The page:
The current media spin around the distribution of M Bovis infected herds in New Zealand and the origins of these infections is very misleading and potentially very damaging to the beef industry and in particular those in the seedstock industry.

There are recent reports that currently there are more beef farms infected than dairy farm infections. This contention is very concerning as to date the only infections in beef herds are believed to be in trading herds where imported dairy sourced animals have tested positive. These have also all been identified through trace forward pathways from infected dairy farms.

Currently there are NO known infected beef breeding herds or cow/calf operations without links to infected dairy farms. We also believe that there is no reported evidence of infection spreading to beef breeding cows or other base stock on these so called infected beef farms.This is of course not to say there are not infected beef breeding herds but there appears to be no evidence of this to date.

The highly significant feature of this information is that most of these infected dairy animals that have moved onto beef fattening farms were likely infected by being fed M Bovis contaminated milk from affected dairy cows on the dairy farm of origin rather than from direct contact.The practice of feeding mastitic milk to young calves on dairy farms appears likely to be the most effective way of spreading this disease.

The limited evidence to date so far also is highly suggestive that the disease entered New Zealand through legitimately imported European frozen germplasm and this may never be confirmed. DNA sequencing is highly suggestive that the M Bovis strain is of European origin. The infected farms also seem to be predominantly Holstein based. Historically, MPI have been warned of such risks by the germplasm industry but were ignored.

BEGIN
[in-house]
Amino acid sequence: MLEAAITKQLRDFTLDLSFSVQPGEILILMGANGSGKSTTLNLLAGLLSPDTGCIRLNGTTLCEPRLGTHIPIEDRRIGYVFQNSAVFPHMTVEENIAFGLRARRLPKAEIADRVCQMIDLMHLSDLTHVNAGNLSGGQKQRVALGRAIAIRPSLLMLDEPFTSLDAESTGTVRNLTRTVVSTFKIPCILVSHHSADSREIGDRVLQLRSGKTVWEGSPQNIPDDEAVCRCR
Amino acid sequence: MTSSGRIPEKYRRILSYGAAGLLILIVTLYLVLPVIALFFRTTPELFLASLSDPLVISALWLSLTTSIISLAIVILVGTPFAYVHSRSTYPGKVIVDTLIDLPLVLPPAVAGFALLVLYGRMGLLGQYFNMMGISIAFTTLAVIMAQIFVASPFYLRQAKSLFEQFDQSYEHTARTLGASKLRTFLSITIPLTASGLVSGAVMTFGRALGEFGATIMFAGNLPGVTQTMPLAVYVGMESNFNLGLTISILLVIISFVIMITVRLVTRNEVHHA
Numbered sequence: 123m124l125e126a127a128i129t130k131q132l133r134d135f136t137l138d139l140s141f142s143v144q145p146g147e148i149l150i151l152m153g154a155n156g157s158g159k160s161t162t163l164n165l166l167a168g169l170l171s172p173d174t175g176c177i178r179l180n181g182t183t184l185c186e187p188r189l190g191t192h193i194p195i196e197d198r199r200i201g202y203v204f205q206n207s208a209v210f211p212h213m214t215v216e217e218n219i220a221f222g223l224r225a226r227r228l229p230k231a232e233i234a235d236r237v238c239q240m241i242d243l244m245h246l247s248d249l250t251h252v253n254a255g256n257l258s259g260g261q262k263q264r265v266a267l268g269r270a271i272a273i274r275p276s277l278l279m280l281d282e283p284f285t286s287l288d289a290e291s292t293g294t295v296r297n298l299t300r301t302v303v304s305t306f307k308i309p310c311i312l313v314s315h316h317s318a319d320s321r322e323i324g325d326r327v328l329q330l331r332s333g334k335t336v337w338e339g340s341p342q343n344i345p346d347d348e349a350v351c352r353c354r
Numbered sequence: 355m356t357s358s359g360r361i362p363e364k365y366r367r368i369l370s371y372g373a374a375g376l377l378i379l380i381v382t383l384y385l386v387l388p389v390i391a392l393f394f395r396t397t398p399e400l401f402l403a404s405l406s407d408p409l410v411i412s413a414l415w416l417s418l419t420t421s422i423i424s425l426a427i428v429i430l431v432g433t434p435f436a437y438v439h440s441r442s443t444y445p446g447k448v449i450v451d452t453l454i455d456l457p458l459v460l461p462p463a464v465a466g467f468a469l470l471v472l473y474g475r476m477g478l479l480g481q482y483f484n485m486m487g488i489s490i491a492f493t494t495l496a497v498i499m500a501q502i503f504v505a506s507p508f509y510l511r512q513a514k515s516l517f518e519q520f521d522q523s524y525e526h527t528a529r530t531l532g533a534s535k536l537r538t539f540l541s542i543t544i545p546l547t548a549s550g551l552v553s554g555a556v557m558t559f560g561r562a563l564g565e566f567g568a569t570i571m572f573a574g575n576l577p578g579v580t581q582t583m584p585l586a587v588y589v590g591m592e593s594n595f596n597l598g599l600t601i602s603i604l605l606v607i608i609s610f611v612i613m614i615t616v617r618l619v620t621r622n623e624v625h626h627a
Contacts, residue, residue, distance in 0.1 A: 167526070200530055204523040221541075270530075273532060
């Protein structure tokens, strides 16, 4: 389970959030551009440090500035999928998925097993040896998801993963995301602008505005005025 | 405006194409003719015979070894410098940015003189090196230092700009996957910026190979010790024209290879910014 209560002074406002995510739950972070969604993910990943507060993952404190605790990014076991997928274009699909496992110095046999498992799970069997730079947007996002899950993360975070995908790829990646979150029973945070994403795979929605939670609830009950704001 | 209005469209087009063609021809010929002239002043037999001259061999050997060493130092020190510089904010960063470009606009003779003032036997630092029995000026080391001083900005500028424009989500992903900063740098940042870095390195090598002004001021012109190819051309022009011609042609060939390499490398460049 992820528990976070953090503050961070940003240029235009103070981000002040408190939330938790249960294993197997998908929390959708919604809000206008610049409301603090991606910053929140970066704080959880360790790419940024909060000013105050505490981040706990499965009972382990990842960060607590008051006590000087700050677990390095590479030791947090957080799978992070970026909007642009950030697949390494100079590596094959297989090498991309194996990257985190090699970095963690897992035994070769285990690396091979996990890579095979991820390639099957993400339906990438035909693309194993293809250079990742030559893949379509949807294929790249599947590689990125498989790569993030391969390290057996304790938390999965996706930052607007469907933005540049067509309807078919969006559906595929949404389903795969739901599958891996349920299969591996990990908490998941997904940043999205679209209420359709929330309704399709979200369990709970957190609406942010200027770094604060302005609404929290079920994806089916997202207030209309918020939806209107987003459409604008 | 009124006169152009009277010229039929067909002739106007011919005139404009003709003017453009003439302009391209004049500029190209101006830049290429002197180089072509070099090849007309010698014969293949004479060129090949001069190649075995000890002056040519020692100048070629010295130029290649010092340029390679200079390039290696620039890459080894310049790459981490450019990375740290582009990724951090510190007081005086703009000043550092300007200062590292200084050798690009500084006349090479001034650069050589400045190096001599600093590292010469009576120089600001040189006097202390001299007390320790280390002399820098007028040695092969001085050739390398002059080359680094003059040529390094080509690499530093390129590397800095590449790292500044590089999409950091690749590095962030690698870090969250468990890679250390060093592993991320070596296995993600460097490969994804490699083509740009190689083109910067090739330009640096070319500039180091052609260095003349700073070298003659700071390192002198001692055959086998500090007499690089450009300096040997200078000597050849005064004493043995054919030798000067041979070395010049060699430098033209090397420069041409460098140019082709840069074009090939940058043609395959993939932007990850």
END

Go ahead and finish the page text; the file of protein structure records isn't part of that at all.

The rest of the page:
The risks associated with germlasm and M Bovis have always been there and certainly with embryos, there was never any requirement by MPI or their predecessors to test donor cows for Bovis. There is also evidence for M Bovis transmission in frozen bovine semen.

There is also some quite compelling anecdotal information that M Bovis has been in this country for much longer than the date MPI are touting but their apparent reluctance to backtrace is of concern, especially to those owners of herds that have been killed or will be killed before a definitive date and method of entry is identified.

The fact that the TAG group of advisors to MPI over the M Bovis incursion was split on the decision to manage or eradicate should be very concerning to New Zealand farmers given the lack of really conclusive information relating to this disease which is prevalent worldwide.

If it transpires that legitimate germplasm imports are implicated as the source of the M Bovis incursion, then that opens a minefield for NZ agriculture in general. Historically MAF were warned about weaknesses in their oversight of biosecurity related to germplasm and other imports (palm kernal, pig diseases, PSA to name a few) but political pressure from both within NZ and our trading partners has taken precedence in decision making around risk to our economy. We are seeing the terrible economic and social consequences which are surely unpalatable.

Is it time our whole biosecurity risk analysis process was overhauled, especially now that industry has been dragged into paying for these horrific incursions as they occur ?. If it is ever proven that legitimately imported germplasm is the incursion pathway,then the question that is surely raised is whether unwitting beef and dairy farmers should be expected to help foot the bill for the cleanup.